Organizations are not oblivious to the “human factor.” Cyber Edge Group’s “2015 Cyberthreat Defense Report (North America and Europe)” states that for the second year in a row “low security awareness among employees” was cited as the top inhibitor to an organization’s ability to defend itself against cyberthreats. With statistics like these, employee awareness and cyber hygiene should be at the forefront of corporate cybersecurity priorities. Not so.

Virtually all cyber defense systems and technologies have been focused on the concept of “fortification” — the creation of technological barriers to attack. But fortification is an archaic, “physical world” concept that has no place in the intangible and virtual world of cyberspace.

Technology has not reached the point where it can stop any and all “zero day” viruses and other unique threats before they wreak havoc. The utility of humans in the overall cybersecurity effort has been undervalued and overlooked. If intruders are banking on human error, a logical next step would be to equip humans to practice better cyber hygiene. Doing so requires an effort to which most organizations have only given lip service.

Few organizations have undertaken effective programs to make employees part of the overall cybersecurity effort. Surveys show that many corporate directors are still in the dark about cybersecurity. Major breaches show that even high-level officers and corporate boards could profit by cybersecurity training, even if only to confirm that big spending on cybersecurity technology does not create effective cybersecurity. The recent Sony breach had its roots in a spear phishing attack aimed at a corporate officer. The federal Office of Personnel Management cyber debacle shows what happens when an organization’s leadership does not grasp the multivariate nature of cybersecurity.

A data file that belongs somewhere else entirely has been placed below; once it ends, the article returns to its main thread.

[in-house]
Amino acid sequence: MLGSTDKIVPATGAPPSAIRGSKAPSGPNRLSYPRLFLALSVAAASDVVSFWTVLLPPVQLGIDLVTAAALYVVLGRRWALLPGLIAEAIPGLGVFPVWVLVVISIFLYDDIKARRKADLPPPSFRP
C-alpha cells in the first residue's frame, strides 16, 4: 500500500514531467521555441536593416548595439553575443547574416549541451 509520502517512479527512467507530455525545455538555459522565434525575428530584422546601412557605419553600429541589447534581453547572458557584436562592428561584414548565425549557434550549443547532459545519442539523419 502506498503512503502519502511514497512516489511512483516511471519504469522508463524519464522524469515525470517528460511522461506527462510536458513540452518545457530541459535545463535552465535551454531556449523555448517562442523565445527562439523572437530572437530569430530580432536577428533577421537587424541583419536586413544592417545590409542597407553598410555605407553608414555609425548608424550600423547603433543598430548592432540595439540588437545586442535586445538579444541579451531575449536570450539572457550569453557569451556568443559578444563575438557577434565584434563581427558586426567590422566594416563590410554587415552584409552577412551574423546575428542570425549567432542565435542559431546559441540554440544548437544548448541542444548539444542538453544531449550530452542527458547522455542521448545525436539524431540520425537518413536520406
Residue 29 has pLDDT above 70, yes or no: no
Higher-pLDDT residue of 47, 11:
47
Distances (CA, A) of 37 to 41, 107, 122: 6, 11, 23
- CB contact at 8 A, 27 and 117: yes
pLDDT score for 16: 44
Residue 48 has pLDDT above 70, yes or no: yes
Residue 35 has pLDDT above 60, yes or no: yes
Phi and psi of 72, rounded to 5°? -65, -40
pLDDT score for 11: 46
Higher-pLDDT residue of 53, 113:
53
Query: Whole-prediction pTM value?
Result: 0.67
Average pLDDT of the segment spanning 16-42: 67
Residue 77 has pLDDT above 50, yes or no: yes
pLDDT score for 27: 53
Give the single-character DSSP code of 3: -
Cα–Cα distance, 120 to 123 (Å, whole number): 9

Old and flawed perceptions must give way to the reality that humans must be part of a company’s cyber security strategy. The objective of every organization should be the creation of a “human firewall.” A recent article on the website declares that when it comes to cybersecurity, there is “no patch for incompetence.” Technology alone is a losing defense strategy. Truly competent cybersecurity must account for the “human factor.”

Michael A. Gold is the co-chair of the Cybersecurity and Privacy Law Group at Jeffer Mangels Butler & Mitchell LLP. Known for both legal expertise and an understanding of technology, he works with Boards of Directors, C-Suite executives, and IT directors to address cyber risks. He advises clients on domestic and international requirements for information privacy and security. He represents companies in complex litigation and arbitrations, including class action defense actions connected with data breach and privacy claims. Contact Mike at or +1 310.201.3529.